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Designing Metadata to Meet User Needs for Special Collections


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Discusses user research needs and information-seeking behaviors in special collections contexts, and how better metadata can improve the research experience

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Designing Metadata to Meet User Needs for Special Collections

  1. 1. Designing Metadata to Meet User Needs for Special Collections Allison Jai O’Dell Image: Special Collections Reading Room, Library East, University of Florida, Gainesville #/media/File:UFHistoricBuildingSmathersLibraryEastInteriorSpecialCollectionsRoom.JPG
  2. 2. What do users need? (the question that answers all the other questions)
  3. 3. Schaffner’s synthesis of user studies • Users search by subjects and keywords • Users expect results ranked by relevance • Users expect comprehensive coverage • Users know how to scan and scroll • Users lack awareness about collections Schaffner, The Metadata is the Interface.
  4. 4. Users search by subjects & keywords Let’s buff up subject and keyword access!
  5. 5. Better Indexing • Appropriate hierarchies & subdivisions match the granularity of user searches and browses • User-supplied “tags” added value show how users want to access and organize library resources; data that libraries can use to inform better metadata and services • Control (and publish!) local vocabularies • URIs
  6. 6. Things, not Strings
  7. 7. Abstracting • Support keyword access • Provide context • Let users know: What it features What it is What it can be used for
  8. 8. Topic Modeling • Cluster related subjects together ID collection strengths (“shop your closet”) Let users surf related things • Lets us get away with iffy data Does not require that every item in a subject area has the exact same heading
  9. 9. Users expect results ranked by relevance Let’s support appropriate results!
  10. 10. Relevancy Ranking • Based on: where the search term appears Subject headings Title Abstracts Author-supplied keywords Full text • Based on: what it is Current publication Peer-reviewed Type of material Length of material … We can do better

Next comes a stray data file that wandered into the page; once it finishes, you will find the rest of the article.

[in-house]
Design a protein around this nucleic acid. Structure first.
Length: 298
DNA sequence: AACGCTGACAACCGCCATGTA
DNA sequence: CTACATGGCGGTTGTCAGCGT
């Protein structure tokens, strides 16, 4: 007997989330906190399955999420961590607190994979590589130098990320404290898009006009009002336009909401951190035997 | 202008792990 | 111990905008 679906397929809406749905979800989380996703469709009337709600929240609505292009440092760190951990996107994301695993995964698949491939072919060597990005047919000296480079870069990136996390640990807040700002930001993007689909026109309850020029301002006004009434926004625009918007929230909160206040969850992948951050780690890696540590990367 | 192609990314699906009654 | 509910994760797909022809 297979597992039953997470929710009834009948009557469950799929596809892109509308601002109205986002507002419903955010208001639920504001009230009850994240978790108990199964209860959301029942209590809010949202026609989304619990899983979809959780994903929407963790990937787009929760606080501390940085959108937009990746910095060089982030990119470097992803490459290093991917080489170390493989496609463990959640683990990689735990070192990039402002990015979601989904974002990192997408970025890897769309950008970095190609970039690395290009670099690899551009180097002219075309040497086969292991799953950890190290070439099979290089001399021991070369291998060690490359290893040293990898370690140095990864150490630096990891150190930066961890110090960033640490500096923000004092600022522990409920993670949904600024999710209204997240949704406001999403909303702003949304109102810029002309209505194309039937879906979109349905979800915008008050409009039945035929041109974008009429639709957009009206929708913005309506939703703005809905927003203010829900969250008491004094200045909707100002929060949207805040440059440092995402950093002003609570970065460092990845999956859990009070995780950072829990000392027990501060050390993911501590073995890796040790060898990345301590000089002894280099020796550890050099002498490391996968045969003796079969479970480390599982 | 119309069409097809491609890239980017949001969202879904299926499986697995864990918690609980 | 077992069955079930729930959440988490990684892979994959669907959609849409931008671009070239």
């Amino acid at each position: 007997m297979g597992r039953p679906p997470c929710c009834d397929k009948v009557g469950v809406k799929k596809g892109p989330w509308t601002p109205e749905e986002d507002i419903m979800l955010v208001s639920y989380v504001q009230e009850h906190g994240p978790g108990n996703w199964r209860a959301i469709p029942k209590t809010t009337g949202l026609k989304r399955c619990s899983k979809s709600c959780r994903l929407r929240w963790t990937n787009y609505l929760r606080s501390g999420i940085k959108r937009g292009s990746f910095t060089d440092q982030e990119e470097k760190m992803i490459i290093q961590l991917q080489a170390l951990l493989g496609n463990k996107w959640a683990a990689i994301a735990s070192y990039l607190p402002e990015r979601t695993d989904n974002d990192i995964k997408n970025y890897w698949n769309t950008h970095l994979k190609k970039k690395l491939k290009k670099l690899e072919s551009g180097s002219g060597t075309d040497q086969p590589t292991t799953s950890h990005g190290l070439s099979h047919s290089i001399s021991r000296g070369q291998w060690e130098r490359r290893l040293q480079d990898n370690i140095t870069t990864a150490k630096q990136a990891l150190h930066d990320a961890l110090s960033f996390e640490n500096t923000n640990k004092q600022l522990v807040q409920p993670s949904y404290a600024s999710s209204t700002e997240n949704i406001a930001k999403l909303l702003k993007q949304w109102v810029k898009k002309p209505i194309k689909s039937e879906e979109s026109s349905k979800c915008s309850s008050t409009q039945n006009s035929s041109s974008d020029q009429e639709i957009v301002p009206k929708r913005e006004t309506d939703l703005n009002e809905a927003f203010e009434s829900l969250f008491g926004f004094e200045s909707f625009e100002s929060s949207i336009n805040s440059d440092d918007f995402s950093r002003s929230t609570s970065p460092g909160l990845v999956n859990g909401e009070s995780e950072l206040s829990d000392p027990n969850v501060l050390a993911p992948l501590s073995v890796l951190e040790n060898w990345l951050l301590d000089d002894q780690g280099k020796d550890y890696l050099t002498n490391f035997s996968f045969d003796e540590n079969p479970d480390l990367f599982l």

11. 11. Semantic Search Semantic search technology relates user search queries to their probable intent, thereby offering more relevant results. This technology is built on a combination of understanding humans (e.g., natural language processing, concept matching) and understanding data (e.g., easily-parsed, uses URIs).
  12. 12. Understandable Data Linked Data = Data that machines understand • BIBFRAME • Microformats Bib Extend
  13. 13. Users expect comprehensive coverage Let’s describe all the things!
  14. 14. Aggregate Description • Collection records in catalog • Finding aids • Landing pages • Subject guides Greene & Meissner, More Product, Less Process
  15. 15. Iterative Description • Content upgrades • Cooperative description • User-supplied content • Links to external resources • Ingest external data Ascher, Progressing toward Bibliography
  16. 16. Users know how to scan and scroll Let’s support browsing!
  17. 17. Arrangement • Classification & call numbers • Shelflists • Series • Controlled access points Subject & genre headings Creators & other names
  18. 18. Uniform Resource Identifiers (URIs) Controlled access points … For the interwebs! • Connect library collections • Let users surf library resources alongside the Web
  19. 19. Guided Search Orientation, Inspiration & Interpretation • Subject guides • Saved searches • Bibliographies • Pathfinders • Visualization
  20. 20. Visualization
  21. 21. Users lack awareness about collections Let’s put collections in their face; Let’s get the metadata out there!
  22. 22. Put Your Metadata Other Places
  23. 23. Let Folks Access Your Metadata • OAI-PMH & OAIster • APIs • SPARQL endpoints • Data dumps • Export options • Linked Data: expose data to the Web • URIs: create links between library metadata & other resources
  24. 24. Create Shareable Metadata • Content is optimized for sharing • Metadata … reflects consistent practices • Metadata is coherent • Context is provided • The metadata provider communicates with aggregators • Metadata and sharing mechanisms conform to standards Shreeves, Riley, and Milewicz, Moving Towards Shareable Metadata.
  25. 25. More Considerations Internationalization • Use clear, concise language • Cultural relevance • Character encoding Policy • Explicit CC license • Own the data you share
  26. 26. Thank you! @AllisonJaiODell |